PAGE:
3 Think critically, follow innovations and developments in science and technology, demonstrate personal and organizational entrepreneurship and engage in life-long learning in various subjects.
4 Communicate effectively by oral, written, graphical and technological means and have competency in English.
5 Take individual and team responsibility, function effectively and respectively as an individual and a member or a leader of a team.
1 Develop a thorough knowledge of theories, concepts, and research methods in the field and apply them in research design and data analysis.
2 Assess the impact of the economic, social, and political environment from a global, national and regional level.
3 Know how to access written and visual, primary and secondary sources of information, interpret concepts and data from a variety of sources in developing disciplinary and interdisciplinary analyses.
Recommended or Required Reading
Readings

Jose Maria Magone, The Politics of Southern Europe: Integration into the European Union (Westport: Praeger Publishers, 2003)
Richard Gunther, P.Nikiforos Diamandouros and Hans-Jurgen Puhle, eds. The Politics of Democratic Consolidation (Baltimore and London: John Hopkins University Press, 1995)
Michael Mann, Fascists (Cambridge: Cambridge University Press, 2004)
Christopher Duggan, Concise History of Italy (Cambridge: Cambridge University Press, 1984)
Piero Ignazi and Colette Ysmal eds., The Organization of Political Parties in Southern Europe (Westport and London: Praeger Publishers, 1998)
Stephen Gundle and Simon Parker, The New Italian Republic: From the Fall of the Berlin Wall to Berlusconi (New York: Routledge, 1996)
Raymond Carr, Modern Spain: 1875-1980 (Oxford: Oxford University Press, 1980)
Guillermo O'Donnell, Philippe C. Schmitter, and Laurance Whitehead, eds., Transition from Authoritarian Rule: Southern Europe (Baltimore and London: The John Hopkins University Press, 1986)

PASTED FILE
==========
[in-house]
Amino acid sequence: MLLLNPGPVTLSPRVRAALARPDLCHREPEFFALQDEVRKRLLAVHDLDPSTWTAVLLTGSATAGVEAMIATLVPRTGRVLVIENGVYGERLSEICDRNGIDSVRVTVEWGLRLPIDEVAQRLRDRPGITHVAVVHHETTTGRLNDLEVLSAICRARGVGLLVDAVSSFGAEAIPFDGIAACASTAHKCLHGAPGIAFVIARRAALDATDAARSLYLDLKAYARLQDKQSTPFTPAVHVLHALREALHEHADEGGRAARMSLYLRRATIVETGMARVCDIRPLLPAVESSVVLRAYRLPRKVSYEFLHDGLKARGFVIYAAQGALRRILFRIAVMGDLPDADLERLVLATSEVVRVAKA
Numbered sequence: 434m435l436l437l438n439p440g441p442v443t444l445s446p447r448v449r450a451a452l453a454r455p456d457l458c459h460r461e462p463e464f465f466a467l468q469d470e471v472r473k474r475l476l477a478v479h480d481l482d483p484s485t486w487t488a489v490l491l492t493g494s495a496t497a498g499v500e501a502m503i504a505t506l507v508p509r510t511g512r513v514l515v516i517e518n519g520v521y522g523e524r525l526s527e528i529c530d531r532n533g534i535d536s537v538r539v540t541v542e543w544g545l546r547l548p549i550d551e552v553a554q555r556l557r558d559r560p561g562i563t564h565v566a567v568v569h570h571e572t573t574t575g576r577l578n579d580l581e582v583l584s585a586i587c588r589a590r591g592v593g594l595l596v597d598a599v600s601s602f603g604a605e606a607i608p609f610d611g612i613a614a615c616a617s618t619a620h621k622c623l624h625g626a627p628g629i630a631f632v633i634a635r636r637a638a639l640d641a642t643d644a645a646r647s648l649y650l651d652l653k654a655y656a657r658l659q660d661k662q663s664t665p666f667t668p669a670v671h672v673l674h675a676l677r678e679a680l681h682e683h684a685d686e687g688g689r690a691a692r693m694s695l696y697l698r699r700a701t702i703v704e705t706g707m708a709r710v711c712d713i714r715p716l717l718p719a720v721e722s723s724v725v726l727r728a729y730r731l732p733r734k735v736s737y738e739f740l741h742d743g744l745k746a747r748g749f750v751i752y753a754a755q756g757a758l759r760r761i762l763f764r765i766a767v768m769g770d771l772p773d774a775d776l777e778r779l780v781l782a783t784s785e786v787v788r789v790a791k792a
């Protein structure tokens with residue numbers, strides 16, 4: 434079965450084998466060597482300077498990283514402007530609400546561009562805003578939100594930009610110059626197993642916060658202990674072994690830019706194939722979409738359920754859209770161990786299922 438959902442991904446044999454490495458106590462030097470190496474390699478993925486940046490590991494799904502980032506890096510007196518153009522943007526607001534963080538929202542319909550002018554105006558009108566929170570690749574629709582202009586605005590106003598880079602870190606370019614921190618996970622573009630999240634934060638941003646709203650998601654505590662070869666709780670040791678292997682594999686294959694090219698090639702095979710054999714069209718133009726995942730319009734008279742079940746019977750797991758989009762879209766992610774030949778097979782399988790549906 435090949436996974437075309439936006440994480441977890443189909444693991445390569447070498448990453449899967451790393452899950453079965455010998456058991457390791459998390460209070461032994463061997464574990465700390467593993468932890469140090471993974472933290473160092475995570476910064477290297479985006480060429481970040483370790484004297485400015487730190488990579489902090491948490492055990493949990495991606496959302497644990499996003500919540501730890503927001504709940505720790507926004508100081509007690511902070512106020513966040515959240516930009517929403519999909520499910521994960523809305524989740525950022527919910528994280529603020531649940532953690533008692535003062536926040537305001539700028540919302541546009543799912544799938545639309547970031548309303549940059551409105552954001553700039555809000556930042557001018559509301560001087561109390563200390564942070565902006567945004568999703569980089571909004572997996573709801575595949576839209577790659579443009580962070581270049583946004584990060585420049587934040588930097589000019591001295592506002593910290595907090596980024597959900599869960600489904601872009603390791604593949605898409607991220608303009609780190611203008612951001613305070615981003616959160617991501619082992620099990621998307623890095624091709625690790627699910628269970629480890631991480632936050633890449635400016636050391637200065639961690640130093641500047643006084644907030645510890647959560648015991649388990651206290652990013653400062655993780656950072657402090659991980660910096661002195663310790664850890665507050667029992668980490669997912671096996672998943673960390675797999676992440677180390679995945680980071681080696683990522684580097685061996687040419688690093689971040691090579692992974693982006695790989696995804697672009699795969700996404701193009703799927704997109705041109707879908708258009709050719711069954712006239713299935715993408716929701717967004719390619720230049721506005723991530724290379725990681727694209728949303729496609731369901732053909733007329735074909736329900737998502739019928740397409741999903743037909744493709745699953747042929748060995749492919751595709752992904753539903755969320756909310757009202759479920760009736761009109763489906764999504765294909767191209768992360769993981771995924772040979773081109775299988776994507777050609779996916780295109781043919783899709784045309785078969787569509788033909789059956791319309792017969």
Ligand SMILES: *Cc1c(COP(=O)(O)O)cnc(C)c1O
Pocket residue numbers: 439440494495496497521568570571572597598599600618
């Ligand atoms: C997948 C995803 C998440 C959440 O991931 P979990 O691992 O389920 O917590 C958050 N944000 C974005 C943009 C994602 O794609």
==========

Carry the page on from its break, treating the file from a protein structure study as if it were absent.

Donald Share "Two Transitions: Democratization and the Evolution of the Spanish Social Left" in West European Politics (January 1985), pp. 82-99
Thomas W. Gallant, Modern Greece (New York and London: Oxford University Pres, 2001)
Geoffrey Pridham ed., Encouraging Democracy: The International Context of Regime Transition in Southern Europe (London: Leicester University Press, 1991)
David Birmingham, Concise History of Portugal (Cambridge: Cambridge University Press, 2003)
Eric A. Nordlinger, Soldiers in Politics: Military Coups and Governments (Englewood Cliffs: Prentice-Hall, Inc., 1977)
Jose Maria Magone, The Developing Place of Portugal in the European Union (New Brunswick: Transaction Publishers, 2004)
Dimitri A. Sotiropoulos, "Southern European Public Bureaucracies in Comparative Perspective," West European Politics Vol. 27, Issue 3 (May 2004): 405-422.
Diego Gambetta, The Sicilian Mafia: The Business of Private Protection (Cambridge & London: Harvard University Press)
Richard Gunther, P. Nikiforos Diamandouros, and Dimitri Sotiropoulos eds., Democracy and the State in the New Southern Europe (New York: Oxford University Press, 2006)